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dc.contributor.authorWormuth, Christine
dc.contributor.authorWhite, Jeremy
dc.date2009-01
dc.date.accessioned2013-01-03T16:26:47Z
dc.date.available2013-01-03T16:26:47Z
dc.date.issued2009-01-00
dc.identifier.citationHomeland Security Affairs (January 2009), v.5 no.1
dc.identifier.urihttp://hdl.handle.net/10945/25031
dc.descriptionThis article appeared in Homeland Security Affairs (January 2009), v.5 no.1en_US
dc.description.abstractAt the federal level, homeland security is inherently and fundamentally an interagency undertaking. The quality of interagency relationships and processes is central to the success or failure of federal ''' and national ''' homeland security activities. Short of giving a single Cabinet secretary directive authority over other Cabinet secretaries during major domestic incidents, the only way to ensure effective unity of effort at the federal level is to exercise strong leadership from the White House. This kind of leadership is needed not just during an actual catastrophe but also when the government is engaged in the day-to-day activities of working to prevent, protect against, and prepare for such catastrophes. In recent years the White House has not played this role, in large part because of the bifurcation of national security issues into a National Security Council and a Homeland Security Council. This article thus suggests that one of the most important and necessary changes the new administration should make is to merge these organizations into a single council with a largely shared professional staff.en_US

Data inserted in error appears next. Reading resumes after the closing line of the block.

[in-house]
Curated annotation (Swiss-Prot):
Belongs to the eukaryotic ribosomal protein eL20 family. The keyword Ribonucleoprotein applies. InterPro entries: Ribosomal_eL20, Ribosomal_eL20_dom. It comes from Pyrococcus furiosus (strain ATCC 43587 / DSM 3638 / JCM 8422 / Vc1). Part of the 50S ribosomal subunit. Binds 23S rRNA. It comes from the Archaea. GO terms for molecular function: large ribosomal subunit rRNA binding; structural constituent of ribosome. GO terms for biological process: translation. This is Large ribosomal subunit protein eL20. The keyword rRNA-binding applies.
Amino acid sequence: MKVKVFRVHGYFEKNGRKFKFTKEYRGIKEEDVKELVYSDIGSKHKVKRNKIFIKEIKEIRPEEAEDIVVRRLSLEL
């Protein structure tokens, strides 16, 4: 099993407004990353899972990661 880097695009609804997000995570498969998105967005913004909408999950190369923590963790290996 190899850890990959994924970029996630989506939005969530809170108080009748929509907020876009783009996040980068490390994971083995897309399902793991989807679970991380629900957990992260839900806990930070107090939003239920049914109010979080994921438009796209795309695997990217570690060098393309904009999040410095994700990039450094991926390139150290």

dc.publisherMonterey, California. Naval Postgraduate Schoolen_US
dc.publisherCenter for Homeland Defense and Securityen_US
dc.rightsApproved for public release, distribution unlimiteden_US
dc.titleMerging the HSC and NSC: Stronger Togetheren_US
dc.typeArticleen_US


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